In the service: Joe Crowley, 45, wanted to join the Marines right out of high school. The first Gulf War was just beginning, and the North Carolina native, who has a family history of service, said he was hoping to join the effort. However, he was put on a waiting list and couldn’t be sent out to boot camp until the following year. “As an 18-year-old kid, I was a little disappointed,” he said. “I wasn’t what you would call an achiever in high school and I didn’t have any plan. I just wanted to get out of Gastonia, North Carolina. And my recruiter said, ‘Yeah, we can get you out of here.'” He signed up in 1991 and didn’t go to boot camp until January 1992. Crowley ended up working as a member on the Marine Corps Security Force Battalion. “They protect anything that is vital to national security. They go to Camp David and protect the president, or protect nuclear weapons. I went to Naples, Italy, where we protected the highest-ranking military officer, Adm. [Jeremy Michael] Boorda.” Crowley said he moved throughout Europe during his time in the Marines. He served from 1992 to 1996 and exited as a corporal.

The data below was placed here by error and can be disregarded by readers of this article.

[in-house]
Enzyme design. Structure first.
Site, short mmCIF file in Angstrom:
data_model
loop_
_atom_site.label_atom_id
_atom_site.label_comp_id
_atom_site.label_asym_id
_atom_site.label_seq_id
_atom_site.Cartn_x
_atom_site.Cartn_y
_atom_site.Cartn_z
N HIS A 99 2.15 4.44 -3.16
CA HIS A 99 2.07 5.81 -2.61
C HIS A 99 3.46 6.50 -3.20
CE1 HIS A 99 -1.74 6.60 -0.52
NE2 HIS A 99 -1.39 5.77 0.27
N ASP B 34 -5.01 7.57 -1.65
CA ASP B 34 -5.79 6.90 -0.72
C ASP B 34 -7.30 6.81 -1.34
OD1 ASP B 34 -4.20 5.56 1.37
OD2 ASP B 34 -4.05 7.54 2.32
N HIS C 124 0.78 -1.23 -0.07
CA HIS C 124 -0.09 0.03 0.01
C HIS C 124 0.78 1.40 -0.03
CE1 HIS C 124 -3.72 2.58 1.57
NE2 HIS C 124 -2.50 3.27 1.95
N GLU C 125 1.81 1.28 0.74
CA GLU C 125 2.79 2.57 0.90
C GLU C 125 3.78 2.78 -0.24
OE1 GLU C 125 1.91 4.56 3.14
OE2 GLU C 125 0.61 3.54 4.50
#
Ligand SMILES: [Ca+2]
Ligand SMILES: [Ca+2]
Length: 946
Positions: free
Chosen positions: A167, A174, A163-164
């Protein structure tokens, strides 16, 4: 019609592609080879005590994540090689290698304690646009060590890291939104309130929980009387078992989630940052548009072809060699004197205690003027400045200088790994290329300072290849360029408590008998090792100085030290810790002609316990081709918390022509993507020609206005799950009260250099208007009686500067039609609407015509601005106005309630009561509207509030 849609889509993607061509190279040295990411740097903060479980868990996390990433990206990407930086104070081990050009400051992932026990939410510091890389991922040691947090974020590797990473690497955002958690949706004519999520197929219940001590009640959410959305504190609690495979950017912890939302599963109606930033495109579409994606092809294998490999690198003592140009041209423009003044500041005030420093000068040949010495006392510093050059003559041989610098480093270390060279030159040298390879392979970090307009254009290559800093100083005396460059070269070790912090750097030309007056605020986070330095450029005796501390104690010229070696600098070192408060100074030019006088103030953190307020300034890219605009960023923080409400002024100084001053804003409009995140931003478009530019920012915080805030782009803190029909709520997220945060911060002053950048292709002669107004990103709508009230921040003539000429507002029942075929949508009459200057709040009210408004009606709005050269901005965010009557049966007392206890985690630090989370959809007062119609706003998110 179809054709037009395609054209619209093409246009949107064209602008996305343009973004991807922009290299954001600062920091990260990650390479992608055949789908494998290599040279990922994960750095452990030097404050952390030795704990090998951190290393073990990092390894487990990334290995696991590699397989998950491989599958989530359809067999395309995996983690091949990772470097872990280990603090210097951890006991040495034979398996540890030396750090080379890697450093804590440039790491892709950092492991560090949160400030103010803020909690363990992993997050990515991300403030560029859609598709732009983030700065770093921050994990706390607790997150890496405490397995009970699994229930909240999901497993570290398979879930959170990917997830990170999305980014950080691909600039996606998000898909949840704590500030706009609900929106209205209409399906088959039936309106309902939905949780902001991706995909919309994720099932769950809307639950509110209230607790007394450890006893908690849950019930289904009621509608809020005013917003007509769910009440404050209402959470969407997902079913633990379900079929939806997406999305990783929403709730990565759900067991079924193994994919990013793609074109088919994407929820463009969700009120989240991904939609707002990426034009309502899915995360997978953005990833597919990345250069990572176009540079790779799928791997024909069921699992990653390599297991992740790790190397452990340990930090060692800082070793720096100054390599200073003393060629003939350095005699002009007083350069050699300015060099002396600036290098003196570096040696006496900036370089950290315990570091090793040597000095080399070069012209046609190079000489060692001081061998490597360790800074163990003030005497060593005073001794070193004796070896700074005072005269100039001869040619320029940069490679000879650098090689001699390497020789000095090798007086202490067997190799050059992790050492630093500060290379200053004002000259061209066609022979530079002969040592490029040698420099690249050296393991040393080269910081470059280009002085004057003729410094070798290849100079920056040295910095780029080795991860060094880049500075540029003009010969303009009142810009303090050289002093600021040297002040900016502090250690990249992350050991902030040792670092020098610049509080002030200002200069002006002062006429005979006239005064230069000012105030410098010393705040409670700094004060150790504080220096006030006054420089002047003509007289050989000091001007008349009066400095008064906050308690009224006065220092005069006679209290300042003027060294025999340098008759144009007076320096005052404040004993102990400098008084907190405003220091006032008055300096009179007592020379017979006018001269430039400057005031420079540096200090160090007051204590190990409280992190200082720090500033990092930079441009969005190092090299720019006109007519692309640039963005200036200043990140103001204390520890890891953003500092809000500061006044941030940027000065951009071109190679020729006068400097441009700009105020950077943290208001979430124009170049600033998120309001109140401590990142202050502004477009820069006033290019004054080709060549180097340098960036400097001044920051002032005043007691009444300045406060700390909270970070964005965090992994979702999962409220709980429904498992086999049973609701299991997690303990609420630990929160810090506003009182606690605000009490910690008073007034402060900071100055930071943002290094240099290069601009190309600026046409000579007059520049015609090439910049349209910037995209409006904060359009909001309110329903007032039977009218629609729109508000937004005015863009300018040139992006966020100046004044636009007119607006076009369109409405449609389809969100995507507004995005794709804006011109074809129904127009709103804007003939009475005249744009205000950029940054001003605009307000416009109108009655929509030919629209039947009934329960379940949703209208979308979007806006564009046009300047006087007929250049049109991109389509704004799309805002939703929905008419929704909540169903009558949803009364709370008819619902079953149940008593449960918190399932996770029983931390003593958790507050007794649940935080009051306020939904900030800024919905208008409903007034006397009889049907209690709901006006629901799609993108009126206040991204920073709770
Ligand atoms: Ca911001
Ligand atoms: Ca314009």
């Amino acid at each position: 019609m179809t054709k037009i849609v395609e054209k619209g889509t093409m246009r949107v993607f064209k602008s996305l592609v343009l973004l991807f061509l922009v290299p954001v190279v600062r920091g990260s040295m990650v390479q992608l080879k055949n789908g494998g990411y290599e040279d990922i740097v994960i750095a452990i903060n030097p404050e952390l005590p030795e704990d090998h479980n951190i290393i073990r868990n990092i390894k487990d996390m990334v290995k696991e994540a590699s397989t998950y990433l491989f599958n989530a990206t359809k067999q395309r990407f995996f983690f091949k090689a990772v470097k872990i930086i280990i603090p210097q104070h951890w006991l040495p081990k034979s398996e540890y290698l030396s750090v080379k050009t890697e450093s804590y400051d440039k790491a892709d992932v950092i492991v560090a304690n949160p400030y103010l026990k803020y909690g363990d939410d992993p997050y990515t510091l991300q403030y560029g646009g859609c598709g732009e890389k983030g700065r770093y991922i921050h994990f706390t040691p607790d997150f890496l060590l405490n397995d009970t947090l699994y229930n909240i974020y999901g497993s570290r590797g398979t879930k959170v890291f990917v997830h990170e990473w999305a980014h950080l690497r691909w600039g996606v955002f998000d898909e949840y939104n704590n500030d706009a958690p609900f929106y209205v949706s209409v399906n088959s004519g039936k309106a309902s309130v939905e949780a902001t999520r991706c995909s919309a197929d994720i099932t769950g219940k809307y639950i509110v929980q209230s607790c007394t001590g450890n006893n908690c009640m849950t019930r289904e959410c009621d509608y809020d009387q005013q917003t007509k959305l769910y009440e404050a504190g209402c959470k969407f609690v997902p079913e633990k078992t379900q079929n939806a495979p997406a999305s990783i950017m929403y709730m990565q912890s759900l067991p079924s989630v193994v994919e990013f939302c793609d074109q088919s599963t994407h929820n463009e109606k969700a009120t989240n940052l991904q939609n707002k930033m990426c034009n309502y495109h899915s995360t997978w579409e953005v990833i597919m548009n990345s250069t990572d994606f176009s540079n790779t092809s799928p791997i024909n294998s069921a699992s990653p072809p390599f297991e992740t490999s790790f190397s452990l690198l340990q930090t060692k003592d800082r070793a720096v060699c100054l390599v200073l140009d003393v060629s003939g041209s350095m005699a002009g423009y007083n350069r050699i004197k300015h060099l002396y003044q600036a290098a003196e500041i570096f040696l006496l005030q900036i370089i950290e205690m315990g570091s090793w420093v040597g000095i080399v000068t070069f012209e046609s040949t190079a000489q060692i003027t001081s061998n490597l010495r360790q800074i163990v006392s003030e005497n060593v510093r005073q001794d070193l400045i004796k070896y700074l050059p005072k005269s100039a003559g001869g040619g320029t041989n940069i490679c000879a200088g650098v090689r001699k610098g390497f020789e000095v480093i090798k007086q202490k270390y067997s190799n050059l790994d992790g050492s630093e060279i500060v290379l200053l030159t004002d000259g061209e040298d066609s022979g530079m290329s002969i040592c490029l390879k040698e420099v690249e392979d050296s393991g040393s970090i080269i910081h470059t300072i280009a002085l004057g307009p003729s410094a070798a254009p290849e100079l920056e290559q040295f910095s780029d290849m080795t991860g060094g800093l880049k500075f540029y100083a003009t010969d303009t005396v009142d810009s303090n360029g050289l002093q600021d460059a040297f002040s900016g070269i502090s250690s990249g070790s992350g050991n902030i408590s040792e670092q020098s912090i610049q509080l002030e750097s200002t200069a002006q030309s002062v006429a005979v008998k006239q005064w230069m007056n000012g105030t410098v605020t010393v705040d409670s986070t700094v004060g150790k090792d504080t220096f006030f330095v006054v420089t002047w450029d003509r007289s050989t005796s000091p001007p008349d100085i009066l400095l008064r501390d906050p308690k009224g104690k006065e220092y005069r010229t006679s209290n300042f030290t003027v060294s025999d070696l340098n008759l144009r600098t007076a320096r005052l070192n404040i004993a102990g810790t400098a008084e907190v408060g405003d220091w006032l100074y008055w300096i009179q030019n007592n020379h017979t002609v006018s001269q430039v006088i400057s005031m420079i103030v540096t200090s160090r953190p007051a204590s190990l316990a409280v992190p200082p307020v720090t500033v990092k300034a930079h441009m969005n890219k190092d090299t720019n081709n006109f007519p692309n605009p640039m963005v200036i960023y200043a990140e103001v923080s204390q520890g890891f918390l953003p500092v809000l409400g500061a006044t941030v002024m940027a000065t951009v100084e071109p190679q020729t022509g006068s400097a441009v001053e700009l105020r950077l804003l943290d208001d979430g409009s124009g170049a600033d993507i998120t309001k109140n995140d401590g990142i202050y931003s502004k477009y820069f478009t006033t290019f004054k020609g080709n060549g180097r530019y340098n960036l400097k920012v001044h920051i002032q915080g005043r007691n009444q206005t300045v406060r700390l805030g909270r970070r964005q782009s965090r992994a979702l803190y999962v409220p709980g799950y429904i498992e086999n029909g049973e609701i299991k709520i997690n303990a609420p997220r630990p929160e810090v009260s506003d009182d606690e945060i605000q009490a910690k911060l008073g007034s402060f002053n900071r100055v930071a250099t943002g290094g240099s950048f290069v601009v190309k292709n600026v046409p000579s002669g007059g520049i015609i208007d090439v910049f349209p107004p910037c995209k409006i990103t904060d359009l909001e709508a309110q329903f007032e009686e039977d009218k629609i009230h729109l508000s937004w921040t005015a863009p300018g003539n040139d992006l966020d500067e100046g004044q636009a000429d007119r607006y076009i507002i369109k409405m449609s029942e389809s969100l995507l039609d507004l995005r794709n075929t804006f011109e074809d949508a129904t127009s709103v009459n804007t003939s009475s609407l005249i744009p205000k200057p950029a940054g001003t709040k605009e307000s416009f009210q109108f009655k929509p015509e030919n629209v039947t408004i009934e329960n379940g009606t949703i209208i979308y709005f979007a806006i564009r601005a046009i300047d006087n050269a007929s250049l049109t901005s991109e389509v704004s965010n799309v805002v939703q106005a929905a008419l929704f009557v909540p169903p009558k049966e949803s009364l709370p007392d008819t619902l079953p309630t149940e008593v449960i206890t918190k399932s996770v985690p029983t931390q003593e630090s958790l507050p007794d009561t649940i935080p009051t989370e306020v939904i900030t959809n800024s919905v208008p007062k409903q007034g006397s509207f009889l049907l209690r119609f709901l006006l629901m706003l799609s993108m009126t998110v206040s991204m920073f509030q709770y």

After the service: After working in the Department of Correction in his home state of North Carolina, Crowley moved to Norwich in 2000. He worked surveillance at Mohegan Sun for a few years before joining the Norwich Fire Department in 2007. “I feel lucky that I have been surrounded by a lot of veterans throughout my career,” he said. “There is a similar sense of camraderie in the department that you have in the service. You know people have your back.” Nine years ago, Crowley was injured while responding to a structure fire on Central Avenue. He had fallen from the third floor and onto the sidewalk below. He lost 40 percent of the use of his left hand in the incident. “It took a lot of physical therapy to get the use of my fingers back, but I still have the scar,” he said. Crowley was recently promoted to the Office of the Fire Marshal.
Quotable: “The Marine Corps taught me how to stand up for myself and how to accomplish what I need to accomplish. It teaches how to, no matter how bad things may be, get up off the ground and keep going and stay strong,” he said, “I think every male member of my family has served in the military since we emigrated to this country. These are stories I grew up hearing from my father, who served in the Marines in Vietnam, and my grandfather, who served in World War II.”
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